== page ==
Seven people showed up for the class. It was scheduled to start after the store hours. Thank goodness for that! We didn't need distraction that's for sure. It was HARD! Kathy was a very good teacher. She went through every little detail. The way she taught also encouraged us to adjust a pattern to our individual measurements.

The cast-on chosen by Kathy was Twisted German Cast-on. It is stretchier. I soon realized that it was the same as Old Norwegian Cast-on which I learned when I did my second sock. I was glad. It was a difficult technique to learn and took up a lot of time to explain and demonstrate.

Anyway, the class was fun! Only one of us decided to use two circs. Everyone else chose single circ. It was difficult. I mean really really difficult. But it was so fun to be in a class when we teased each other on. When several people are frustrated at the same time, it can be really really funny.

I frogged what I did in the class and started the whole thing over at home. I wanted to take my time to go through every step so that I could understand it completely. I also found instructions on the internet for knitting two socks on one circ. Only two rows finished at this point, but I think I am beginning to like it very much. Just like learning to use the DPNs, this method takes time to get used to. Once you get into the flow, it's quite enjoyable.

Friday, April 07, 2006

Old Hats!

Here are a couple of hats that I knitted before I got into socks. The one on the right is a London Beanie. Pattern found on the web and knitted with Manos del Uruguay. On the left is an Aran Watch Cap. Pattern from the book "Hats On!" by Charlene Schurch, knitted with Plymouth Encore Worsted. Both belong to my partner now. The beanie gets a lot of use, and the green one only gets worn when it's extremely cold. I plan to knit another Aran Watch Cap for myself but with KnitPicks natural color wool yarn, and making the length shorter.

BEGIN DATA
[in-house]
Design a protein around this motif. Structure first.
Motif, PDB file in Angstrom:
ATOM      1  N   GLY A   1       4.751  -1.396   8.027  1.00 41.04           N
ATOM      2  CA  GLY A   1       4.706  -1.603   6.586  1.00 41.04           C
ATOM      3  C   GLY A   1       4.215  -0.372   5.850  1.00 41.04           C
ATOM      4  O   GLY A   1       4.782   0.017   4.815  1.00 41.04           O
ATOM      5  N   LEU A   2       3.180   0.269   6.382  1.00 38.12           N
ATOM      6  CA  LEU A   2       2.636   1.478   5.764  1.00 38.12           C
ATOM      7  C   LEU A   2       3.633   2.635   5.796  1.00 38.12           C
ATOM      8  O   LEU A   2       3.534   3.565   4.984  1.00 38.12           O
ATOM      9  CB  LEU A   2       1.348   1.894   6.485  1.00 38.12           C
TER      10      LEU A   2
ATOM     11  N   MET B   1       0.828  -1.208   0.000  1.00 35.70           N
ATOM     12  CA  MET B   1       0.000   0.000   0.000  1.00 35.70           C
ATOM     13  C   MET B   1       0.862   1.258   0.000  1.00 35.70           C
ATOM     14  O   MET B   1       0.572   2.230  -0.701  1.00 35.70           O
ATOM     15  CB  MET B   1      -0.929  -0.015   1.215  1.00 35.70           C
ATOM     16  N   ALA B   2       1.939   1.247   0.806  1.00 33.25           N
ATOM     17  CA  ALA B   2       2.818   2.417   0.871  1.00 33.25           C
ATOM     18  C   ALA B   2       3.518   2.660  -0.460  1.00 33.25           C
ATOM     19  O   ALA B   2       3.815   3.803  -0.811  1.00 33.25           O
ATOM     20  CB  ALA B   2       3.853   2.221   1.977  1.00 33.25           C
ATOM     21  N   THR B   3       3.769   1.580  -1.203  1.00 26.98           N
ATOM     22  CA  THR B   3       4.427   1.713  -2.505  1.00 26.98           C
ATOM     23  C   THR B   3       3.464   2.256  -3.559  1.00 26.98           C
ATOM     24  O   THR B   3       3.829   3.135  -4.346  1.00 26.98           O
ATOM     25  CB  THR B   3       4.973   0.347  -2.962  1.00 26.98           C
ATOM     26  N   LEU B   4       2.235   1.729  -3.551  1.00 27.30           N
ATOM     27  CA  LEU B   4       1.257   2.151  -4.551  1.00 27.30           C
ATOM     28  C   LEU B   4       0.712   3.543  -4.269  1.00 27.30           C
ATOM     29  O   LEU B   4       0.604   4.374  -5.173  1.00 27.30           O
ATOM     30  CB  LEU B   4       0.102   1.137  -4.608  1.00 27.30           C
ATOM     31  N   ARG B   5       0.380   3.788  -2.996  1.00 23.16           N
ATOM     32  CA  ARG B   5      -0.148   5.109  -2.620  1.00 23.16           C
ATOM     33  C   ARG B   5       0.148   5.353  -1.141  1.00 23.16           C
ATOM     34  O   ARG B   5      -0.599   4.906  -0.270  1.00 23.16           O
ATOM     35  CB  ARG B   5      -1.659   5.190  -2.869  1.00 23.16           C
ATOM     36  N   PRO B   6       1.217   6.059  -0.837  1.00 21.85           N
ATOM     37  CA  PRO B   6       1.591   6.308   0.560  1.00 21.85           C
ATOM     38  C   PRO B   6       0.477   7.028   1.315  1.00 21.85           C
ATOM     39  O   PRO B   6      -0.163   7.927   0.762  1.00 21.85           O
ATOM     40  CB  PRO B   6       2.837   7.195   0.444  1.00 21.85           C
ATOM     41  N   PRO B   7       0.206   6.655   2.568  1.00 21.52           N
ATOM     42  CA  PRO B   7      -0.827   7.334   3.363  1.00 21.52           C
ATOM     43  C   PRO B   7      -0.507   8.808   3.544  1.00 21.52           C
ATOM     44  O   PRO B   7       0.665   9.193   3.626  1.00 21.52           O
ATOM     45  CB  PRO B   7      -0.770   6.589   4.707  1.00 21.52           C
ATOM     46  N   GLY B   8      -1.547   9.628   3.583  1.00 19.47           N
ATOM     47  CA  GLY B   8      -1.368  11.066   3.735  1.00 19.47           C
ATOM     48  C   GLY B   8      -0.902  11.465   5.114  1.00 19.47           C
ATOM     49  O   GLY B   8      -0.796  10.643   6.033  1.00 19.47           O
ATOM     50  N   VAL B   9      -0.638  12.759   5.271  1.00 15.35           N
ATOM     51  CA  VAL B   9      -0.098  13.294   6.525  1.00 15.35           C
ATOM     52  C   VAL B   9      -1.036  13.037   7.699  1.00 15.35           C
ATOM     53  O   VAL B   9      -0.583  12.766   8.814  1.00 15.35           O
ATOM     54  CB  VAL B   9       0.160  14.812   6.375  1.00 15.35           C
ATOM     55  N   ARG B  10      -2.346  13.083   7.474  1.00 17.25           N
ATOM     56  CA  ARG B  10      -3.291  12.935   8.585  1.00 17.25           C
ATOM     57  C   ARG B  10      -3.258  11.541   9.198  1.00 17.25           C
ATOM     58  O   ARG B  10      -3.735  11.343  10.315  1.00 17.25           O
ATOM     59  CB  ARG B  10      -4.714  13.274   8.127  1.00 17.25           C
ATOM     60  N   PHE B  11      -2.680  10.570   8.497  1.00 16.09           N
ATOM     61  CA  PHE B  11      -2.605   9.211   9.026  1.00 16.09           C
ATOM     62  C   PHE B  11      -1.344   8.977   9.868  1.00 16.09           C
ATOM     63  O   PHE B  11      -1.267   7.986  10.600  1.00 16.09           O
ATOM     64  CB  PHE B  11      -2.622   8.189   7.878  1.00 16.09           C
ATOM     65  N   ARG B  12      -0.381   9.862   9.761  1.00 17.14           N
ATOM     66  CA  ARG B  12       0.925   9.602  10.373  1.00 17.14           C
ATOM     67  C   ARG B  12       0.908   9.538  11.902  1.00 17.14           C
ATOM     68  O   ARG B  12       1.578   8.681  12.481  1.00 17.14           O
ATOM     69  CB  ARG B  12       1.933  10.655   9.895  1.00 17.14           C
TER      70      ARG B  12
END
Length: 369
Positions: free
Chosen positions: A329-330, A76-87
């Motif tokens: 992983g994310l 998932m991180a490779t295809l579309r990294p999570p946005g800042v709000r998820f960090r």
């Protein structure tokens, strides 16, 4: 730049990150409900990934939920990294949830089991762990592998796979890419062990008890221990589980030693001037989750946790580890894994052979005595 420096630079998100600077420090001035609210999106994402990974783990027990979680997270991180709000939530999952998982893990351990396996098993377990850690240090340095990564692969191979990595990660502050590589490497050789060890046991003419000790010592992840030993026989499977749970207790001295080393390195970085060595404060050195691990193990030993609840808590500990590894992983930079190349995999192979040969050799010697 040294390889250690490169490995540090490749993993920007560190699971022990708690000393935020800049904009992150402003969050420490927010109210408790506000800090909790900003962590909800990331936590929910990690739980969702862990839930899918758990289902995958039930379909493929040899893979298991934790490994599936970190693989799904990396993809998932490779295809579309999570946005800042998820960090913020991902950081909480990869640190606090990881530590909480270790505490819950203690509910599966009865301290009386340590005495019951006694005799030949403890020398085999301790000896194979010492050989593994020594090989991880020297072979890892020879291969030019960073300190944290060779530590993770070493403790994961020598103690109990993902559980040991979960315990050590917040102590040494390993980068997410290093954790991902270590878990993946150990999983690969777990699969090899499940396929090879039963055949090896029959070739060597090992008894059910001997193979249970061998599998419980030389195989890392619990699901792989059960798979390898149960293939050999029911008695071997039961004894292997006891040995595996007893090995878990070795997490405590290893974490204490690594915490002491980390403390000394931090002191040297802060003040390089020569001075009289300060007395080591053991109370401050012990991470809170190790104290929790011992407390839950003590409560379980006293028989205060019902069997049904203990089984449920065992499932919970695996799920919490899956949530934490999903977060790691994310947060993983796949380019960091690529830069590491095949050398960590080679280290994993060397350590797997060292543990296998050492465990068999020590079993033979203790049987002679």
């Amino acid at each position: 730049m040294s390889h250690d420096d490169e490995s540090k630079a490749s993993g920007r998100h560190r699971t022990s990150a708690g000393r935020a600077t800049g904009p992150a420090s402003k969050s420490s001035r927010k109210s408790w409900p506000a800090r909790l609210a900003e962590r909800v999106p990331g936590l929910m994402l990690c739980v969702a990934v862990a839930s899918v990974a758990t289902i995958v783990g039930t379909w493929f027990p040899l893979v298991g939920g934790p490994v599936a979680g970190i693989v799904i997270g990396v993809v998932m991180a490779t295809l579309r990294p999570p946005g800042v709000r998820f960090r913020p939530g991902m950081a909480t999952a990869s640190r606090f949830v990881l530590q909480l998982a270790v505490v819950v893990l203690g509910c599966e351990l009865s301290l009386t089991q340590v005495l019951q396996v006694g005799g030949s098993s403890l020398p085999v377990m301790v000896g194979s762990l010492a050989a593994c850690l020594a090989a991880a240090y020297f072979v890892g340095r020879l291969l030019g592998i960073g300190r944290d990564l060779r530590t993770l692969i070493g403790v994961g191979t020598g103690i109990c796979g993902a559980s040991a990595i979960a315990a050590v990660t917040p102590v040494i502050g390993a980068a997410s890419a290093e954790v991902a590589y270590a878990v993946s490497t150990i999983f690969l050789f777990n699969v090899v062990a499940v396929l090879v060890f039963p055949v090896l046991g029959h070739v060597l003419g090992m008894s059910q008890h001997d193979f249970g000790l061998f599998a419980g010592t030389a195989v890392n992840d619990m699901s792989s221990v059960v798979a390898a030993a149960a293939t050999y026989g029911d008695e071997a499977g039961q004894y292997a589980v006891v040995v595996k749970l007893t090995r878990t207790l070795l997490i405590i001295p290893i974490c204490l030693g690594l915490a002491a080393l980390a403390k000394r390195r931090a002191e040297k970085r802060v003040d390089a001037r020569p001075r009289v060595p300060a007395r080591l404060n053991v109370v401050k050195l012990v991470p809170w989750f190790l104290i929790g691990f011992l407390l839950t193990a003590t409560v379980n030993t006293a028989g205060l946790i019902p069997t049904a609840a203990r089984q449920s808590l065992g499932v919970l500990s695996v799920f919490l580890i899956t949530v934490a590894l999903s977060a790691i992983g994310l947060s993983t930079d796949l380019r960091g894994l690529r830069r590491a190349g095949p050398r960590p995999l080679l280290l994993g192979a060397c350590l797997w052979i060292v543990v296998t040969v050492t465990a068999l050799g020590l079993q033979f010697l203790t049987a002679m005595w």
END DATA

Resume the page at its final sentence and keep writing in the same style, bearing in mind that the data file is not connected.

Charlene Schurch teaches a unique tubular cast-on in the book. I think it's designed especially for circular knitting. It requires a crocheted chain and takes a few rows to set up. But the result is very nice!

Thursday, April 06, 2006

Is there life out there?

Wanna help search for Extraterrestrial Intelligence? Join SETI@home! I have forgotten all about this cool research at Berkeley until they sent me an email today. This is a project that asks people at home to help process radio telescope data to find indicators of other intelligence out there. There's even a team "SetiKnitters" that you can join. Well, only two members at the moment. So if you do help out, join the team. If you don't want to find E.T., there are other scientific researches that you can help out. Like processing data to find cures for human diseases. You just let your computer help out with the data while you are busy doing something else. Like knitting. :-) Check it out!